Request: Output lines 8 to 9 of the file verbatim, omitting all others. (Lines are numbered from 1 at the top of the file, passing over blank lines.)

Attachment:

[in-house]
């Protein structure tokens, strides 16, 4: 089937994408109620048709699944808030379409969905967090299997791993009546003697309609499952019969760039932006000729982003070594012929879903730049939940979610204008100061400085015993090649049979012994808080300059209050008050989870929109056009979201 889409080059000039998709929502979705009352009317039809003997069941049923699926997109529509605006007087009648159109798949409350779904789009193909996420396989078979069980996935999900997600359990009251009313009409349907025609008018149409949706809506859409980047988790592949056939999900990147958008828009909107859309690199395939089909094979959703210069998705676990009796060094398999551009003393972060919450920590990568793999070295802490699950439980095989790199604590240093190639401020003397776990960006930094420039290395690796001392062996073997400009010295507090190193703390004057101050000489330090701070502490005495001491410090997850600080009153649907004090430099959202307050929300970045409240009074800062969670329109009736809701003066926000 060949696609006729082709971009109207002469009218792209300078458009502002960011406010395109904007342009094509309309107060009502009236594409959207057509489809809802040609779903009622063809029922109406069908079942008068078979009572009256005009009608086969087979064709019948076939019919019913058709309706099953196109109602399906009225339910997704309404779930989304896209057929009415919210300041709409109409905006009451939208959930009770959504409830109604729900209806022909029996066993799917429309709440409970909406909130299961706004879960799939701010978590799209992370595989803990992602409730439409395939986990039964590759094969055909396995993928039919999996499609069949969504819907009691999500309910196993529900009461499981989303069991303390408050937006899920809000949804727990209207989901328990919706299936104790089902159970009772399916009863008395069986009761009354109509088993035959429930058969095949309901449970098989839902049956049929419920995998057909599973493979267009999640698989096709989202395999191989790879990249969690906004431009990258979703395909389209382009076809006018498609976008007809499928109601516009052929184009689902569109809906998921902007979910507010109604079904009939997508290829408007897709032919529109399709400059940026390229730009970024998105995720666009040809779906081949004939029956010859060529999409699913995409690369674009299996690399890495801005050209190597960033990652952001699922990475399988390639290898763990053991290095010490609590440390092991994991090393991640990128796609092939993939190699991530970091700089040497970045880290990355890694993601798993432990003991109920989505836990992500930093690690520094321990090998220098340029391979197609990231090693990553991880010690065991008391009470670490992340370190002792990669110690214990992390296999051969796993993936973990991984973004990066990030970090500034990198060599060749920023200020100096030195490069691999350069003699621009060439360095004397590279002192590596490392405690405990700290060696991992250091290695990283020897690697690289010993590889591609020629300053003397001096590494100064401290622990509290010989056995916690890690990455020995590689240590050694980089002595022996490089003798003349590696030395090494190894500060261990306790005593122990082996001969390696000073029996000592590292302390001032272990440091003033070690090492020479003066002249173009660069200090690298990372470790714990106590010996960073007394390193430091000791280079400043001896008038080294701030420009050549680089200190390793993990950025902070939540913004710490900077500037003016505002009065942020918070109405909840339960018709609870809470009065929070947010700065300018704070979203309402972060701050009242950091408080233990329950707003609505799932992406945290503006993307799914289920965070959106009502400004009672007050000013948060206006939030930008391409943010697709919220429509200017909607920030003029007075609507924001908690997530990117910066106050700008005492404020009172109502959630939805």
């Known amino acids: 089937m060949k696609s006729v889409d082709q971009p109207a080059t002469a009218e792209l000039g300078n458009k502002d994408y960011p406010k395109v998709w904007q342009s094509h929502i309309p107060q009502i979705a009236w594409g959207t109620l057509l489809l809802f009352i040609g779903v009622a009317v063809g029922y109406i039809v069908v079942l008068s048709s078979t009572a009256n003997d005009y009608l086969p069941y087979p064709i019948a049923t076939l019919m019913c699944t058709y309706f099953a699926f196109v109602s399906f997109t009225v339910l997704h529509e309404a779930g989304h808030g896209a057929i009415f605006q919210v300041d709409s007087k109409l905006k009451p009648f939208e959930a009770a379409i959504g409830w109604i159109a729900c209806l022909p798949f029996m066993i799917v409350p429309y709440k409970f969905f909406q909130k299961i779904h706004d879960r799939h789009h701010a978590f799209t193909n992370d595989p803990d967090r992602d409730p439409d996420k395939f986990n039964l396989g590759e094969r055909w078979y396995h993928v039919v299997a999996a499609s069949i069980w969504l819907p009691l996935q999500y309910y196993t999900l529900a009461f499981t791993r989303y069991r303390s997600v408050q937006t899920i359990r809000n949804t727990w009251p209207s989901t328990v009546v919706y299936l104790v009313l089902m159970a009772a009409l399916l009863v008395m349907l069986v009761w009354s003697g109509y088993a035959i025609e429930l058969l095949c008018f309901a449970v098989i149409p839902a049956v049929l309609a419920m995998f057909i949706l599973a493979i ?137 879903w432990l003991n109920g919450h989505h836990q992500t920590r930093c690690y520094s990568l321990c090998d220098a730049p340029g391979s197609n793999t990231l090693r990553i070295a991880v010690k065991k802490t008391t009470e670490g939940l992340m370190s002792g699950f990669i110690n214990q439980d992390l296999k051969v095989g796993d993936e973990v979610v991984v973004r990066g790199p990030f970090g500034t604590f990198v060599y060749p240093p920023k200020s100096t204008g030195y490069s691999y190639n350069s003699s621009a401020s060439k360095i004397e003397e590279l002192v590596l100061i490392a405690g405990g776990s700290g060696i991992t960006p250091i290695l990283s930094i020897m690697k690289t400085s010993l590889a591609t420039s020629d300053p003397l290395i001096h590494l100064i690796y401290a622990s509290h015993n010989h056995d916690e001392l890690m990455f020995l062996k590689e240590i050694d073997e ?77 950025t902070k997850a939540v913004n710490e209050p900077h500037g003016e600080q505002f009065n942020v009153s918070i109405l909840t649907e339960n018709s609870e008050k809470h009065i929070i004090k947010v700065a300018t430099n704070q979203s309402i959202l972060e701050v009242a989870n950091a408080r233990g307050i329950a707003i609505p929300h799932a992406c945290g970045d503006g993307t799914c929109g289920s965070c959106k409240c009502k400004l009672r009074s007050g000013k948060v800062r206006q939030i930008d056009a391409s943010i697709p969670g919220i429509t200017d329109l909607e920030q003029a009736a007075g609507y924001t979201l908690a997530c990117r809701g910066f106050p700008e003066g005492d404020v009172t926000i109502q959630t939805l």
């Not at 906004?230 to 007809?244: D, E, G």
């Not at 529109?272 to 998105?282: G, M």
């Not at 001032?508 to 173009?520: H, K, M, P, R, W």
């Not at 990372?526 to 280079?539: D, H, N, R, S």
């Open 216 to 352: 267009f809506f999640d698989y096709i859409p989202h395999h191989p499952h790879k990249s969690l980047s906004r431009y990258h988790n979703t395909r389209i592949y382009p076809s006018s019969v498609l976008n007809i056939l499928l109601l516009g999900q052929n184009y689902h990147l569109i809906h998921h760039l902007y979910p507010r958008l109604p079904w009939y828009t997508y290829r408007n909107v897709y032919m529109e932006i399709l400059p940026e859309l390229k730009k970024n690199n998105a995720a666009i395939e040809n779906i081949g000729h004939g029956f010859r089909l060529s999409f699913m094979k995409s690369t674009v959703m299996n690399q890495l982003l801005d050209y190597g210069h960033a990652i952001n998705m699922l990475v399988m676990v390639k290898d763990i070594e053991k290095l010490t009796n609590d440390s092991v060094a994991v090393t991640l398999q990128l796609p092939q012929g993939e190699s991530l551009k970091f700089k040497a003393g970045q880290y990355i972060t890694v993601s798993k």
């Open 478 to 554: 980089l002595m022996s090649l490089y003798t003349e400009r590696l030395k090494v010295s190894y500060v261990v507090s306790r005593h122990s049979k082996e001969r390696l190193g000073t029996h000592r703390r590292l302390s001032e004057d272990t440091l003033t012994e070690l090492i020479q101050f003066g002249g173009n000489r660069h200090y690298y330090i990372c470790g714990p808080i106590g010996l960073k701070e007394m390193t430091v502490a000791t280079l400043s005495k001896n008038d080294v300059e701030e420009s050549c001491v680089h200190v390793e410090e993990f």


């Open 216 to 352: 267009f809506f999640d698989y096709i859409p989202h395999h191989p499952h790879k990249s969690l980047s906004r431009y990258h988790n979703t395909r389209i592949y382009p076809s006018s019969v498609l976008n007809i056939l499928l109601l516009g999900q052929n184009y689902h990147l569109i809906h998921h760039l902007y979910p507010r958008l109604p079904w009939y828009t997508y290829r408007n909107v897709y032919m529109e932006i399709l400059p940026e859309l390229k730009k970024n690199n998105a995720a666009i395939e040809n779906i081949g000729h004939g029956f010859r089909l060529s999409f699913m094979k995409s690369t674009v959703m299996n690399q890495l982003l801005d050209y190597g210069h960033a990652i952001n998705m699922l990475v399988m676990v390639k290898d763990i070594e053991k290095l010490t009796n609590d440390s092991v060094a994991v090393t991640l398999q990128l796609p092939q012929g993939e190699s991530l551009k970091f700089k040497a003393g970045q880290y990355i972060t890694v993601s798993k």
């Open 478 to 554: 980089l002595m022996s090649l490089y003798t003349e400009r590696l030395k090494v010295s190894y500060v261990v507090s306790r005593h122990s049979k082996e001969r390696l190193g000073t029996h000592r703390r590292l302390s001032e004057d272990t440091l003033t012994e070690l090492i020479q101050f003066g002249g173009n000489r660069h200090y690298y330090i990372c470790g714990p808080i106590g010996l960073k701070e007394m390193t430091v502490a000791t280079l400043s005495k001896n008038d080294v300059e701030e420009s050549c001491v680089h200190v390793e410090e993990f």